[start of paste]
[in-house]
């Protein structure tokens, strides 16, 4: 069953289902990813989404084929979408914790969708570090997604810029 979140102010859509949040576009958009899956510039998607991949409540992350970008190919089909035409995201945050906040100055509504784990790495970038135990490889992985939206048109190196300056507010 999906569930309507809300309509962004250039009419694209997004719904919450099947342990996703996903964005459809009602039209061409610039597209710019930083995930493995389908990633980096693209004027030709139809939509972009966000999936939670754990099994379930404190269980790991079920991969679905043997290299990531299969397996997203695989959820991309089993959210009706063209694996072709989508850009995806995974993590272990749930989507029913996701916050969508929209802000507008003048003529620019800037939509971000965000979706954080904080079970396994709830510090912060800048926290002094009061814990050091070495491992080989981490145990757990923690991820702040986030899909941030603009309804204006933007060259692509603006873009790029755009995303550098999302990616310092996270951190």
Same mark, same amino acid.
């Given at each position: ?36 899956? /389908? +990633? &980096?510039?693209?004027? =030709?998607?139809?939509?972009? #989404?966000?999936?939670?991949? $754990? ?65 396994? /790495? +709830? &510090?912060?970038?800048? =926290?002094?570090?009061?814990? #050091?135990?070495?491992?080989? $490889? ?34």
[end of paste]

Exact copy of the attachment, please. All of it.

[in-house]
């Protein structure tokens, strides 16, 4: 069953289902990813989404084929979408914790969708570090997604810029 979140102010859509949040576009958009899956510039998607991949409540992350970008190919089909035409995201945050906040100055509504784990790495970038135990490889992985939206048109190196300056507010 999906569930309507809300309509962004250039009419694209997004719904919450099947342990996703996903964005459809009602039209061409610039597209710019930083995930493995389908990633980096693209004027030709139809939509972009966000999936939670754990099994379930404190269980790991079920991969679905043997290299990531299969397996997203695989959820991309089993959210009706063209694996072709989508850009995806995974993590272990749930989507029913996701916050969508929209802000507008003048003529620019800037939509971000965000979706954080904080079970396994709830510090912060800048926290002094009061814990050091070495491992080989981490145990757990923690991820702040986030899909941030603009309804204006933007060259692509603006873009790029755009995303550098999302990616310092996270951190």
Same mark, same amino acid.
């Given at each position: ?36 899956? /389908? +990633? &980096?510039?693209?004027? =030709?998607?139809?939509?972009? #989404?966000?999936?939670?991949? $754990? ?65 396994? /790495? +709830? &510090?912060?970038?800048? =926290?002094?570090?009061?814990? #050091?135990?070495?491992?080989? $490889? ?34």